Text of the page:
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4 words to avoid in instructions

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When writing instructions, avoid these 4 words:

Why? Because none of these words add any value to your instructions. All they do is to make readers feel inadequate.

Let’s look at a better way to do things:

Understand your audience and show some empathy

Don’t make your reader feel like Lucy does:

Lucy: Stop patronising me.
Tony: Actually, I was being condescending.
Lucy: Ugh, I give up.

If your readers don’t understand a concept and you tell them that it’s simple or basic, you’ll probably do more harm than good.

It’s important to understand who is going to be reading your instructions and to write accordingly for them. If you haven’t identified an ideal reader for your content, I highly recommend you read this article: Pen portraits – understanding your ideal audience.

Whoever your readers are, you’ll waste your time by telling them that a process is simple or easy. Why?

If the process is easy for the reader, they won’t need to be told.

If the process isn’t easy for the reader, you telling them that it is won’t help them.

Remember: If the reader feels inadequate, they might give up reading your instructions. Perhaps that will mean that you lose a customer or frustrate an employee. Not good.

Avoid instructions like this:

  • Just hold down Sleep and simply swipe right.

Here’s a better version:

  • To turn off your iPhone:
  1. Press and hold the Sleep/Wake button for 3 seconds.
  2. Swipe the slider to the right.

If the above instructions were aimed at complete beginners, there might need to be more explanation of what these terms mean (‘swipe’ might be unclear, for example).

Also, the instructions could be accompanied by images that show where to find the buttons and what the relevant screens look like.

The level of detail needed depends on the intended audience.

If I were writing the above instructions for a group of experienced Apple users, the following would be sufficient:

  • Turn off your iPhone.

My point here is that you should focus on making your instructions clear. Allow the reader to draw their own conclusions about how simple the process is.

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Make simplicity the mantra

Rather than telling readers that something is simple, focus on making that thing simple.

Whenever I write content that explains how a product, service or process works, I always keep in mind the advice of Ann Handley:

No one will ever complain that you’ve made things too simple to understand.

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6 tips for writing good instructions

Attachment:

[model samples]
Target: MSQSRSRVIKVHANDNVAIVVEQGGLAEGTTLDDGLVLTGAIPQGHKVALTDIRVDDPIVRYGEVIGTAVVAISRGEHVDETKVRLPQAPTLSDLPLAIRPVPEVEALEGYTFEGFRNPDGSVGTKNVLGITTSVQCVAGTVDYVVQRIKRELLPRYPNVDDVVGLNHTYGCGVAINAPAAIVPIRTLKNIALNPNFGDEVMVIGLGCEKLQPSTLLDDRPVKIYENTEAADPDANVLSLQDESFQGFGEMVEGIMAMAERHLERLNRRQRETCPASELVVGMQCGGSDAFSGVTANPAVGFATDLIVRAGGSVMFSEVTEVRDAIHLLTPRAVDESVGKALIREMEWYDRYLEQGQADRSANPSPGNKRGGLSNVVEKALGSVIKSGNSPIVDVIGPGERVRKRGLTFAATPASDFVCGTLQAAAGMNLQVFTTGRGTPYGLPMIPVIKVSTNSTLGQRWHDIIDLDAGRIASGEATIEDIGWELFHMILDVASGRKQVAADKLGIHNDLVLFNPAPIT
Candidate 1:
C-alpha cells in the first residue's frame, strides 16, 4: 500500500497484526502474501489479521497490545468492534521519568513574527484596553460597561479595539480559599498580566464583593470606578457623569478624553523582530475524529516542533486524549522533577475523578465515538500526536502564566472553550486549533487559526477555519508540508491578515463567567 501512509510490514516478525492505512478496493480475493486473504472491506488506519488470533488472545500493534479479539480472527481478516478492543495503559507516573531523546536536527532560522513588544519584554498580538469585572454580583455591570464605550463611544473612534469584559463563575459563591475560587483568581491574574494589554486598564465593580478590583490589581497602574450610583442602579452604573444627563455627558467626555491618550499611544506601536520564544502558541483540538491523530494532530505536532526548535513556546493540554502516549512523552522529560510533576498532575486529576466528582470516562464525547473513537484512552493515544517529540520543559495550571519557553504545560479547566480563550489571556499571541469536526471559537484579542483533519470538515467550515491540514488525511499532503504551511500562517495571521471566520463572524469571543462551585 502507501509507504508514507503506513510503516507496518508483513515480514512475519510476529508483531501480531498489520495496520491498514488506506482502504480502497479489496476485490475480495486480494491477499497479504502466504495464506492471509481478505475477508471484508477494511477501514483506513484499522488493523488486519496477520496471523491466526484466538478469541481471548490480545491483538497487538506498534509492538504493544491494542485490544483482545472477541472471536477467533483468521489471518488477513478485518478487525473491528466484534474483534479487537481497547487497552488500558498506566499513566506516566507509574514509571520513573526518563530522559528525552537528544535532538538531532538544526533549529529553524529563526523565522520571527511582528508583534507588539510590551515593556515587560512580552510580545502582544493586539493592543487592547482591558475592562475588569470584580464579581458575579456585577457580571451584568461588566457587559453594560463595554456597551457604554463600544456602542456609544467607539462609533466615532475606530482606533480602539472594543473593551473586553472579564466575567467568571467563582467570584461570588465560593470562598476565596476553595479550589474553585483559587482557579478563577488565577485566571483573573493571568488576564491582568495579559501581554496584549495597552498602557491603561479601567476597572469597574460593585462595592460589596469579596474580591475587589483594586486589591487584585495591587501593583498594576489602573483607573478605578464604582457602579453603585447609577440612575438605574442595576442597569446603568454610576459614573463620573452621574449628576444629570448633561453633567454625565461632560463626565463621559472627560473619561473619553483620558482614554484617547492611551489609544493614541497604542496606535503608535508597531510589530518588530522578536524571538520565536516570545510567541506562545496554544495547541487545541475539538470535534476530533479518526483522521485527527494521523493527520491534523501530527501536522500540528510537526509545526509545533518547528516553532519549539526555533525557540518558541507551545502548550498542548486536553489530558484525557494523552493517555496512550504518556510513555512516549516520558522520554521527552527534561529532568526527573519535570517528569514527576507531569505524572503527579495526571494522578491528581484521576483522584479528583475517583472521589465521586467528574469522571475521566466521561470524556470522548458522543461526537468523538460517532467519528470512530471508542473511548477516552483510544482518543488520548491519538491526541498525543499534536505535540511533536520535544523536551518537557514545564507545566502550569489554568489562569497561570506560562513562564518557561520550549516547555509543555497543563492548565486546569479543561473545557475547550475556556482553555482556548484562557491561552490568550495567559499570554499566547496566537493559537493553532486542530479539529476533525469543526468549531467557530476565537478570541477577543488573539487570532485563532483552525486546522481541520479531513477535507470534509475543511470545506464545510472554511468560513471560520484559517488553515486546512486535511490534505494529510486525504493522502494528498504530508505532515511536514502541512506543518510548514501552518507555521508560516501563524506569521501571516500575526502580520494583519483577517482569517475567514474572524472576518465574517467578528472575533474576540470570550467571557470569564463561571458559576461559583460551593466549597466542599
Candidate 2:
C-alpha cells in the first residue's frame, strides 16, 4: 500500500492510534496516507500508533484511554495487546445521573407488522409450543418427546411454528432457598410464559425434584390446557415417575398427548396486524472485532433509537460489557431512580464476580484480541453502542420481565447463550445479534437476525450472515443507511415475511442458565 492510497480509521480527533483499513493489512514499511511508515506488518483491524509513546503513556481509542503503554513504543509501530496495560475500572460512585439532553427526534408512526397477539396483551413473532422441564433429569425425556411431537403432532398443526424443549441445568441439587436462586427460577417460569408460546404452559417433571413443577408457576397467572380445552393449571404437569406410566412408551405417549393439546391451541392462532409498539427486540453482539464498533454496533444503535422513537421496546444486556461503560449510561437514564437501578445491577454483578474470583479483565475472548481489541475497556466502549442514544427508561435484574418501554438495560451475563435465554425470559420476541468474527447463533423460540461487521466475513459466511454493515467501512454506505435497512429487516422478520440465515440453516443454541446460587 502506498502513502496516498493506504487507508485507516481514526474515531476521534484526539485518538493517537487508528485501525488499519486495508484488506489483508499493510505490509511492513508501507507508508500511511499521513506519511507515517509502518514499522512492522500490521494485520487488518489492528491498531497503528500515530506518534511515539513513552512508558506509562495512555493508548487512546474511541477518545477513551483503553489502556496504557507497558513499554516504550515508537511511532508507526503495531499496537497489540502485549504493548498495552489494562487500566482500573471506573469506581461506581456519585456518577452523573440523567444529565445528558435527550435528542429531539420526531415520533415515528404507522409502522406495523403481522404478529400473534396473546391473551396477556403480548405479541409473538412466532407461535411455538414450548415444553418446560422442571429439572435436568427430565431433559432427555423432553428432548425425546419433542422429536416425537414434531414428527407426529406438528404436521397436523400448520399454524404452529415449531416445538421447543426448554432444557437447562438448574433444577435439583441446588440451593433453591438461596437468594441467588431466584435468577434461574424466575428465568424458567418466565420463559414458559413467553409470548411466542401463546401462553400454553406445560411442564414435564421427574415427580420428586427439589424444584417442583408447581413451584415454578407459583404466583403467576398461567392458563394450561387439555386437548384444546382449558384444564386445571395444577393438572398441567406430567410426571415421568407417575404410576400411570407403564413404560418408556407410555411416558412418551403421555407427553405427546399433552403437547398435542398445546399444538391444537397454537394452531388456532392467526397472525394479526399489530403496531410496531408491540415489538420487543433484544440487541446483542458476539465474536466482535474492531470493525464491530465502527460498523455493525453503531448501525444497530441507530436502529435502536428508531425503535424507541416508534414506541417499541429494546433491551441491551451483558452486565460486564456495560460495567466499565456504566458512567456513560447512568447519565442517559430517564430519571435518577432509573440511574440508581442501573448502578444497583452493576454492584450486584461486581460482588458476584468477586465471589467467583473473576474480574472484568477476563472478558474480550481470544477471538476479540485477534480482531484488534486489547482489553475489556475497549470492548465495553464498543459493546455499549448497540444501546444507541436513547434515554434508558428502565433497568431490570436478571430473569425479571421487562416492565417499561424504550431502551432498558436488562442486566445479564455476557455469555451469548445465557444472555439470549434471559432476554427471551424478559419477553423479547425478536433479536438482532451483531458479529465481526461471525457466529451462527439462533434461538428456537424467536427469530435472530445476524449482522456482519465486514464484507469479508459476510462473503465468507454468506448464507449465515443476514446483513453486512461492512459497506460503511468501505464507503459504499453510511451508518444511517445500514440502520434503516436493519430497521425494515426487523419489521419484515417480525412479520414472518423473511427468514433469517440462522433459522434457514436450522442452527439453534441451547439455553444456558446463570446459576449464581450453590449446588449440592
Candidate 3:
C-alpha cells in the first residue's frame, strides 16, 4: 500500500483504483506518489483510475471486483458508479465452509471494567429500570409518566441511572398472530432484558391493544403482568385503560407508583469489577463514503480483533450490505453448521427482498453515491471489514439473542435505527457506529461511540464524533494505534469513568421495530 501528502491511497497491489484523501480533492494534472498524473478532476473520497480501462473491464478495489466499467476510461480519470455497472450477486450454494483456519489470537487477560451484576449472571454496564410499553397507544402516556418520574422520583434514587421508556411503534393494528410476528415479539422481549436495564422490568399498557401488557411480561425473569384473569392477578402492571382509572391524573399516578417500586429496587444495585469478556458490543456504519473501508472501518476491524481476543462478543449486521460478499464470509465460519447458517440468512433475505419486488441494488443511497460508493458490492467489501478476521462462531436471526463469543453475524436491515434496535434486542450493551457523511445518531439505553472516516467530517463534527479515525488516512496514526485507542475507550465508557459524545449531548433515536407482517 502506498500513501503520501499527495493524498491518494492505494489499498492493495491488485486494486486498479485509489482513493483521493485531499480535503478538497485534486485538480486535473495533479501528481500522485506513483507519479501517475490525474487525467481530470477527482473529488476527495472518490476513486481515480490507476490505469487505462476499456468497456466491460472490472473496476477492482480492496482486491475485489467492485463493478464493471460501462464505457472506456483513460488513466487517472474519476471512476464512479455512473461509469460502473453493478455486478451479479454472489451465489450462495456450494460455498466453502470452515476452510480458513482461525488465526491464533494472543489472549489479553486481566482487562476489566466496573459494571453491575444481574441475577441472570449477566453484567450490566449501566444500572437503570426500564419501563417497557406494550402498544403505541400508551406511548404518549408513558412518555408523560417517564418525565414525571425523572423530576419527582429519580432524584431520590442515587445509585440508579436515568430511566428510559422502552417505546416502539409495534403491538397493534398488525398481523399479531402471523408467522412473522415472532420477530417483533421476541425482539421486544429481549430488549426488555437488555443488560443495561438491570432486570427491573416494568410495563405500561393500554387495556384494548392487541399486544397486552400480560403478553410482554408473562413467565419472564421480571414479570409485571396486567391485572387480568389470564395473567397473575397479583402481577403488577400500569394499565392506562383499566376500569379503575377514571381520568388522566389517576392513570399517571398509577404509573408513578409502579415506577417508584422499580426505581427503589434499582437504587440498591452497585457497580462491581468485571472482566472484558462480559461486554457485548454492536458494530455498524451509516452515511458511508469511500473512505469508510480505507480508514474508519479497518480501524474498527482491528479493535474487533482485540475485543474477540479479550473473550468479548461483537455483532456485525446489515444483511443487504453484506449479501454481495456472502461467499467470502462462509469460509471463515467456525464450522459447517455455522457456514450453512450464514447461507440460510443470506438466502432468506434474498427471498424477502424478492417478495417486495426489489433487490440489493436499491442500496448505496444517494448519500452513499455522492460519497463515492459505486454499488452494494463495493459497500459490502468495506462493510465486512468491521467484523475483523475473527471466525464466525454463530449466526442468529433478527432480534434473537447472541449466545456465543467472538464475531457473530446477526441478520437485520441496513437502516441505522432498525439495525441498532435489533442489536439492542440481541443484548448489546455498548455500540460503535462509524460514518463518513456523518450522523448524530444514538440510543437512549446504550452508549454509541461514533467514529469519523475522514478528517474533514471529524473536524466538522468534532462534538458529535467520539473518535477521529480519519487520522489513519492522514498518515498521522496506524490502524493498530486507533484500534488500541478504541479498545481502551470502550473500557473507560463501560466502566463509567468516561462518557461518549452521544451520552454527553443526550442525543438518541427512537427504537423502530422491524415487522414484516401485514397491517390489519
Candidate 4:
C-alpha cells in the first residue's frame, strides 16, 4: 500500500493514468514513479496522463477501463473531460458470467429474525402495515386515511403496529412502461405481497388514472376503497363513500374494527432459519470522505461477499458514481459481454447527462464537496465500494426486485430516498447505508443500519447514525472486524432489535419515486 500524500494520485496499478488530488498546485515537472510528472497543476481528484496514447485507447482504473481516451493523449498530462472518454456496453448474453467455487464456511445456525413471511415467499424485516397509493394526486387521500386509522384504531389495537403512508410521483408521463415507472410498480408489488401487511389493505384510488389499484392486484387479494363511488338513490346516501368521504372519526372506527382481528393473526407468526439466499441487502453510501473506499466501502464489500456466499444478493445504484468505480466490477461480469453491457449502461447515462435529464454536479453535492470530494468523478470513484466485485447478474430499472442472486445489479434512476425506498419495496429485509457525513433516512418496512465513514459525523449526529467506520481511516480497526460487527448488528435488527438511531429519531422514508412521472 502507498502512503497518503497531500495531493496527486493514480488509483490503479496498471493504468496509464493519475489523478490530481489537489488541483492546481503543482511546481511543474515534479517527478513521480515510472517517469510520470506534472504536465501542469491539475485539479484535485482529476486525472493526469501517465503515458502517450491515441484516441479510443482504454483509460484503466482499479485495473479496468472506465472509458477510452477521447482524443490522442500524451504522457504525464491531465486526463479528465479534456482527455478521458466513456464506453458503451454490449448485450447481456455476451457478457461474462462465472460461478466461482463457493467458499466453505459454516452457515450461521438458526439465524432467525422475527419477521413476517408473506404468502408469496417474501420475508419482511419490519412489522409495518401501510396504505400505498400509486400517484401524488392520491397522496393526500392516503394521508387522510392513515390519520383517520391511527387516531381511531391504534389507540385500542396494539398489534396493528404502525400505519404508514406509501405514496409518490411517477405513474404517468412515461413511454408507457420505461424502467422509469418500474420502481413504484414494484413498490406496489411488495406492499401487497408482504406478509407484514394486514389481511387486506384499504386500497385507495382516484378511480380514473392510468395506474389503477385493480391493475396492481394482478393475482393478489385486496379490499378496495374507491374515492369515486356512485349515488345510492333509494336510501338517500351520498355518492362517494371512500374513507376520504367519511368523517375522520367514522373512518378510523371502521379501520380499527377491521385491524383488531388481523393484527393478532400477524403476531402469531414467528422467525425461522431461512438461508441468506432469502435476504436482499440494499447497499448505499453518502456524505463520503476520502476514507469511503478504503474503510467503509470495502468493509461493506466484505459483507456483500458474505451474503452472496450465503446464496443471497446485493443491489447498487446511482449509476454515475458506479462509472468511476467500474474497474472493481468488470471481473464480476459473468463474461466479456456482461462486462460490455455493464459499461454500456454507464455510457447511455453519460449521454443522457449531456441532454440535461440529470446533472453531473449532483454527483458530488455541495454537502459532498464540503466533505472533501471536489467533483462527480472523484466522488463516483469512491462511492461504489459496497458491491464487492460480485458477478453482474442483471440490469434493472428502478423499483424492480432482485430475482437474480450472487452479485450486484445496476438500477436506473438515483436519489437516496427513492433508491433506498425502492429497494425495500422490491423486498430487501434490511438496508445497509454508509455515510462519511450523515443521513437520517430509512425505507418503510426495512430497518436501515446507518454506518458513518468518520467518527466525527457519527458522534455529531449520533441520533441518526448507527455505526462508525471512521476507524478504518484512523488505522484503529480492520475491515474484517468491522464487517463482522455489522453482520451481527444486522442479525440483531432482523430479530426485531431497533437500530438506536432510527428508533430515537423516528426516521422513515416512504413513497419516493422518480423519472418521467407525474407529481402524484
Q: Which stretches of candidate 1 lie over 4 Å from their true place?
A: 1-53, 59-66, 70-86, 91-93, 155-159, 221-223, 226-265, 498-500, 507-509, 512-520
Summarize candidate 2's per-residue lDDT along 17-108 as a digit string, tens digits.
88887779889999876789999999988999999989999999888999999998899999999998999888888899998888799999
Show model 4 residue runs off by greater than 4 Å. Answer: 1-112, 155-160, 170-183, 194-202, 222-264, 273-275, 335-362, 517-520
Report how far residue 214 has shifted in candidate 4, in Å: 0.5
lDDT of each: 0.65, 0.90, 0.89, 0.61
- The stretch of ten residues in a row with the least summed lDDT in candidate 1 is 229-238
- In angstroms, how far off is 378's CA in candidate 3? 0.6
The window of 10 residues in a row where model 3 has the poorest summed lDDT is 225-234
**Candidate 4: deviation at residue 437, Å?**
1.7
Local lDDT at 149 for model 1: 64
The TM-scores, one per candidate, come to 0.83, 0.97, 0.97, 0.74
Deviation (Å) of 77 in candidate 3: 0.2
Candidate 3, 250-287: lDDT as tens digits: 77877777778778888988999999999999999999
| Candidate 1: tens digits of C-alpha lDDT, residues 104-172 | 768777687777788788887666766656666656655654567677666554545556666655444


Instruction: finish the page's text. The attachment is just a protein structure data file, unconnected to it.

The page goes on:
When I write instructions, I focus on making each step unambiguous, so that the reader is in no doubt about what’s required. Here are my tips:

  1. Understand who the reader is and use language appropriate for them.
  2. Make each step clear and unambiguous.
  3. Number each step (unless the order doesn’t matter).
  4. Don’t use more words than are necessary (important if your content is ever translated to another language).
  5. Use bold to emphasise important actions or names.
  6. Add visuals to support the writing.

Visual aids such as videos, photos, illustrations and screenshots can be useful in adding context to written instructions.

Bear in mind that creating visual resources could dramatically increase the time it takes to produce instructional material – but the payoff may be well worth the effort if the content helps you gain and retain customers.

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Bonus tip: Remove ‘very’ from your writing

I started the post by listing 4 words to exclude from your instructions. A general tip that goes beyond instructional writing is to remove words that don’t add anything of value to your message. One of the main culprits is ‘very’.

Here are some examples of alternatives you could use instead of littering your writing with ‘very’:

Snippet from TheVeryPoster by ProofreadingServices.com

(Confession: I fall into the ‘very’ trap myself from time to time, though I don’t think it’s ever crept into my instructional writing.)

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Let’s wrap up

Are you ever frustrated by the tone of instructional content? Are there any words that annoy you in particular? Do you think we should use fewer words and more visuals? Let me know by leaving a comment below.

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Who wrote this?

I'm John Espirian, the relentlessly helpful technical copywriter. I've written about IT and the web since 1998, and I'm a former Microsoft MVP. If you need B2B web content that explains how your products, services and processes work, I'm your guy.

The Espirian blog provides writing tips and how-to guides on improving your online presence and marketing your business.

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